Loki is a 3 year old 35 lb. neutered male in Buffalo, NY.
Loki is a 4+ year old male cattle dog. We have had him for 14 months, his previous owner died unexpectedly. He was then staying with our son, who has another dog and they did not get along so we took him in. We were told he was a corgi mix and later learned he was a cattle dog. We were unfamiliar with this breed.
Loki responds well to the two of us, my husband and I. He is energetic, loyal, happy to simply be near us. We each walk him daily to use some of his energy. He is fully housebroken. He uses a crate for sleeping, often going in to it when it is open by his own choice. We began some training with him because he didn't get along with other dogs, he learns his commands easily, though he is still not fully compliant with distractions. Loki is healthy, has all his vaccinations and was neutered.
We have a fenced yard which works well for him, he doesn't like to be out there for long, rather being wherever we are.
He should not be placed with other animals or with children.
Loki bit our 10 year old granddaughter last July. She pet him all morning, getting to know him after meeting him the day before. They were playing with his favorite toy, an activity Loki was used to doing with my husband. In retrospect, it was too long of a time for Loki, and he aggressively went after the toy and bit our granddaughter in the face, the height where she was holding the toy. We did not expect this, we had started training with him because he did not get along with other dogs, but he had not shown aggression toward people. He had shown some herding when he was with a group of people and one of them left the group momentarily.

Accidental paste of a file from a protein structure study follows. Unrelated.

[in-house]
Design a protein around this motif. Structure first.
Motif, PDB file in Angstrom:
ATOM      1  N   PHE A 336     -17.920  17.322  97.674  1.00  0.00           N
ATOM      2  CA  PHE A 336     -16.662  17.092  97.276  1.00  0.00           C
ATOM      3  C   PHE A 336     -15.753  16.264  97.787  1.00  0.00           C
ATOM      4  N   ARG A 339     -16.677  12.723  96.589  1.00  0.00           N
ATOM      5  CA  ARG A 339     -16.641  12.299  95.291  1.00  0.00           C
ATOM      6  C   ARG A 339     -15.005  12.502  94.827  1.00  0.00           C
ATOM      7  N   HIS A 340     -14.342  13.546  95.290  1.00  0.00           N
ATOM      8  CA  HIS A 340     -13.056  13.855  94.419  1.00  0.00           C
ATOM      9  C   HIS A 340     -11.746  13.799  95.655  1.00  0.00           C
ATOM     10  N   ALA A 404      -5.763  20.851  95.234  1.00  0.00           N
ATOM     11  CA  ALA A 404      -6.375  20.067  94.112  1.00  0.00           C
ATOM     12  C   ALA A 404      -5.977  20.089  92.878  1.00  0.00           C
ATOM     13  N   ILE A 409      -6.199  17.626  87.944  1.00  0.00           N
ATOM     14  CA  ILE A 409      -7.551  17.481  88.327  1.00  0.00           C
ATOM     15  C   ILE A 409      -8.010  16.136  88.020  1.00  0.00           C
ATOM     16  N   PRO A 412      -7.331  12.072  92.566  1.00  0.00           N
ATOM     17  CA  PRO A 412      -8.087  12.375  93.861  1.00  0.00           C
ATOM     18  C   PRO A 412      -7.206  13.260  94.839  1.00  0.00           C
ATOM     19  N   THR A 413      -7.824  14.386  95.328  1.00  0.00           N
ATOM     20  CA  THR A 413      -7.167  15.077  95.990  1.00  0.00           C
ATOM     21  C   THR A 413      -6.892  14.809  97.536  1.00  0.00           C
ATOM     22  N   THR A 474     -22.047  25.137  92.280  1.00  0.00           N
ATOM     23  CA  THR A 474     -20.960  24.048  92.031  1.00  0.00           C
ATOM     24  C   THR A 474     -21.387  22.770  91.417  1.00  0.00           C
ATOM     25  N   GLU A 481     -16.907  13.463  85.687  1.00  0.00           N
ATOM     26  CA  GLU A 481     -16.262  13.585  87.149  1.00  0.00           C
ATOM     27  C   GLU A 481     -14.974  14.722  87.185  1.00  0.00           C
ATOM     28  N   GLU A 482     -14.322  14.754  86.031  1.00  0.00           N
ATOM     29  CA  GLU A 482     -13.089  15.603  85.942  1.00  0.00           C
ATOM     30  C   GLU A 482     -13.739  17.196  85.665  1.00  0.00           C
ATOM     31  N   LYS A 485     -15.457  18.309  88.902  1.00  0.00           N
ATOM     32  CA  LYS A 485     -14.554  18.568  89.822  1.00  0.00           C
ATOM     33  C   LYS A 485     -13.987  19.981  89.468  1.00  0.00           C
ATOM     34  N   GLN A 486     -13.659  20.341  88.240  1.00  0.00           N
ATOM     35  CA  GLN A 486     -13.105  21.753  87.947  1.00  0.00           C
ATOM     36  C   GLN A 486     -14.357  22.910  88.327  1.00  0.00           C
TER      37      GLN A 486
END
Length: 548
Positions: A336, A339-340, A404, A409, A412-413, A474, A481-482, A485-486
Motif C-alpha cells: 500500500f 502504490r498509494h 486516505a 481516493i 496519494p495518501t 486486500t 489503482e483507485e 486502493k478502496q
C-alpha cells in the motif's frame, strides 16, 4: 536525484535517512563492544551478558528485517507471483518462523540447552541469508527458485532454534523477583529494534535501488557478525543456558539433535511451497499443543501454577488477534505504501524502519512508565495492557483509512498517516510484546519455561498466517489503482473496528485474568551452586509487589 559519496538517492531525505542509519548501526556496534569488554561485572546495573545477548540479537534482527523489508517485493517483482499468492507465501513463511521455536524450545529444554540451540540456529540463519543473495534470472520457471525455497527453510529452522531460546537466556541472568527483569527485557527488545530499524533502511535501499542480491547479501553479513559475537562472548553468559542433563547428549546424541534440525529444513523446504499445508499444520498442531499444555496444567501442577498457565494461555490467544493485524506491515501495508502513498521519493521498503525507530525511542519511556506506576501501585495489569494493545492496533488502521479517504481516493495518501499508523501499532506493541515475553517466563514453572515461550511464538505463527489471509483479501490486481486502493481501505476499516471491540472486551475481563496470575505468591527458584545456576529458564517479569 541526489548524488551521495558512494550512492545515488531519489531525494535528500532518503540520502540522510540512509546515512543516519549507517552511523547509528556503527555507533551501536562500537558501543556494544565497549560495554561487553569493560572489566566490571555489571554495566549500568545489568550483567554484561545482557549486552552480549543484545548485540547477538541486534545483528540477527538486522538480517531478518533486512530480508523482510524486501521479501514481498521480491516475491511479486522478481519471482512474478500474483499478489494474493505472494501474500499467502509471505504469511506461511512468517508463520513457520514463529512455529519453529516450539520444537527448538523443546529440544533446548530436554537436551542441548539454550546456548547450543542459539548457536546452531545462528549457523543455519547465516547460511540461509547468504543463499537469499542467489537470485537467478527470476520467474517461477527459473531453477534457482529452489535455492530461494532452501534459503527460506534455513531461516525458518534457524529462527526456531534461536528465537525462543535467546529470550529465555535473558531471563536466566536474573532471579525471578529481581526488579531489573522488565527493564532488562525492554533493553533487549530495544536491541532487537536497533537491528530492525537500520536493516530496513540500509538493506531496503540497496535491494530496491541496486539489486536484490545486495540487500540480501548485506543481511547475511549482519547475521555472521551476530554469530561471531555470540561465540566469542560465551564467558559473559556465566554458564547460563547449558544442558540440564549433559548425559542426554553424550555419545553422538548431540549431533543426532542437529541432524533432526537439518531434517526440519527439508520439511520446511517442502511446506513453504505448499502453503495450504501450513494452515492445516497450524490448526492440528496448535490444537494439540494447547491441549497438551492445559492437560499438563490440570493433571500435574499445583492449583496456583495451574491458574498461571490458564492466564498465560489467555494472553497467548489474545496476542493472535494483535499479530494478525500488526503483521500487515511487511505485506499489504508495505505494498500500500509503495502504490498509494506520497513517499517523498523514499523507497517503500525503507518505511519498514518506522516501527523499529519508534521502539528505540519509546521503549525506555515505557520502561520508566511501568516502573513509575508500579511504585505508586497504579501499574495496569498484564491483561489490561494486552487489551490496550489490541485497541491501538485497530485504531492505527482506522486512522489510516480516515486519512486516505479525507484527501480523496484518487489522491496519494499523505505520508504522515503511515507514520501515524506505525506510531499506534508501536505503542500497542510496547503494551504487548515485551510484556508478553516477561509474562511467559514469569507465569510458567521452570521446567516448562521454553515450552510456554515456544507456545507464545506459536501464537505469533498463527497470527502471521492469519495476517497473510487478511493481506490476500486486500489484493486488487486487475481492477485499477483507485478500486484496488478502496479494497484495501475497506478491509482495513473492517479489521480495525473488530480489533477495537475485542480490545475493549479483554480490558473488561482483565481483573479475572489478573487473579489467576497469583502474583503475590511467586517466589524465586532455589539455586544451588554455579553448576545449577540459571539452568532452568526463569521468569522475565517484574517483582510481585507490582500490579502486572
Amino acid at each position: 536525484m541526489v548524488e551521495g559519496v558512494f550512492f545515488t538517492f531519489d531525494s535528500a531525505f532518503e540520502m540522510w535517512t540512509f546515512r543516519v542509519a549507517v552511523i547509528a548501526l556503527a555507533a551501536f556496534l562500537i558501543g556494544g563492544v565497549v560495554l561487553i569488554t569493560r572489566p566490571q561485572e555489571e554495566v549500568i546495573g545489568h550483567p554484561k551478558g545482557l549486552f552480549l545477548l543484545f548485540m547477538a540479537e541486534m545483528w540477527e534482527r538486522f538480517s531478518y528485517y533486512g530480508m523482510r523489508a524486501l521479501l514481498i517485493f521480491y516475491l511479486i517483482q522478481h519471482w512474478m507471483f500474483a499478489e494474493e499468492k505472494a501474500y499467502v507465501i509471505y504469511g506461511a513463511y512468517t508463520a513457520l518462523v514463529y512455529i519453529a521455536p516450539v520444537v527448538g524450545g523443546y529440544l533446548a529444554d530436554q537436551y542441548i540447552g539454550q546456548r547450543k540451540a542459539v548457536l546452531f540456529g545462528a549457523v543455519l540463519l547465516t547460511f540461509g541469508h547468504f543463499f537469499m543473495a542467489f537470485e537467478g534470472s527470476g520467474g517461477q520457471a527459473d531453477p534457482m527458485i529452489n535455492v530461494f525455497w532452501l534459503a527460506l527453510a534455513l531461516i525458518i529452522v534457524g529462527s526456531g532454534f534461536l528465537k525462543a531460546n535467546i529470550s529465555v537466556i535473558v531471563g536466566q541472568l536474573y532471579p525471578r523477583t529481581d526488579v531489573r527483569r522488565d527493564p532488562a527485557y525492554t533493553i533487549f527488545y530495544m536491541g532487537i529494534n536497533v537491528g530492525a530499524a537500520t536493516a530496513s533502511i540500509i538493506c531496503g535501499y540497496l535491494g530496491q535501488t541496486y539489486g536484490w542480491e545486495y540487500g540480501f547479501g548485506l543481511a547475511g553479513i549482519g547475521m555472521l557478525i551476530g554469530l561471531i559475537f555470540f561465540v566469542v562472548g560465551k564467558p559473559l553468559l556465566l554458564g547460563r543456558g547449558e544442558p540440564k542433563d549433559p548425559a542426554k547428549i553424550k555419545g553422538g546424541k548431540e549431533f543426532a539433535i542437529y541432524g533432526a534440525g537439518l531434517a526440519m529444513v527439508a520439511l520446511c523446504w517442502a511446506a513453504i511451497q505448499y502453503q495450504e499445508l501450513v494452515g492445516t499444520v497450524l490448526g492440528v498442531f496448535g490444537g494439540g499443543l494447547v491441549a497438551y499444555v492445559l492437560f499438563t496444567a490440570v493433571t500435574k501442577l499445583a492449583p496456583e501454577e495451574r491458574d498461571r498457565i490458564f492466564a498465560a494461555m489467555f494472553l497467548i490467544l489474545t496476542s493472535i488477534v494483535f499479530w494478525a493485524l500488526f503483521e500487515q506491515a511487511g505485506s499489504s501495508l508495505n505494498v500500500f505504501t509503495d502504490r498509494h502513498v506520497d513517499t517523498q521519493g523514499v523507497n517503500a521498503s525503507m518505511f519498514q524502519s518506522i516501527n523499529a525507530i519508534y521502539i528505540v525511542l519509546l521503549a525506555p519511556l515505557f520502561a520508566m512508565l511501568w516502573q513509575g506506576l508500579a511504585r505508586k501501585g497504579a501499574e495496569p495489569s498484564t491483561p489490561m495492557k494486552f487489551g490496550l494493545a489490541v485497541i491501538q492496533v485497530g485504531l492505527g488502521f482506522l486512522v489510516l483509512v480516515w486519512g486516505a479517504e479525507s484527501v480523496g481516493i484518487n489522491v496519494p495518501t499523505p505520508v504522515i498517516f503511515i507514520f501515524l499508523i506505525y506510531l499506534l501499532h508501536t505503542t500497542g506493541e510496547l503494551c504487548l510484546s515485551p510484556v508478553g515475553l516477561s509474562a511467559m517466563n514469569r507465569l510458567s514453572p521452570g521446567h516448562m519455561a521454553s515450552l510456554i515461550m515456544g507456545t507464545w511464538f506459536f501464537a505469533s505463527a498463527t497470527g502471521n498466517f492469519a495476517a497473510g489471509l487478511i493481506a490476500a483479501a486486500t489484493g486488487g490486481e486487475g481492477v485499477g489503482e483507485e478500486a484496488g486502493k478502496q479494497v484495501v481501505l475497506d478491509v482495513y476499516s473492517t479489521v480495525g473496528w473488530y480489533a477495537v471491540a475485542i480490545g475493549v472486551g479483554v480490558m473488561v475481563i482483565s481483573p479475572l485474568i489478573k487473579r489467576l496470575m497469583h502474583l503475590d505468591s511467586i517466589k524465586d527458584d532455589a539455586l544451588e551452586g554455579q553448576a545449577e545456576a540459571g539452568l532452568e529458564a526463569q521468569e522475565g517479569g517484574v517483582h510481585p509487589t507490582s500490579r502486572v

Our granddaughter did require stitches for the bite. He had not shown this type of aggression before this time.
He had shown some aggression towards other dogs before, but was not around them often. Because of that, we began working with a trainer to improve this. The trainer was also surprised to hear about the bite.
As an update, since this happened in July, Loki has remained with us. When the grandchildren come over, we take Loki to a dog sitter, where there are only adults and no other animals. He does very well there, goes right in and settles in quickly.
Loki is walked twice a day and has also been much less interested in other dogs during the walks.
We would still like to re-home Loki because our extended family does not feel comfortable near him, understandably so. All visits have to be planned in advance and are generally less often. If Loki is separated from us, as in another room, he barks pretty continually as he seems desperately to want to be near us.
I feel like the one time he did bite was much more our fault than his, we did not recognize that it was too much for him. I truly think that in the right home, he would flourish.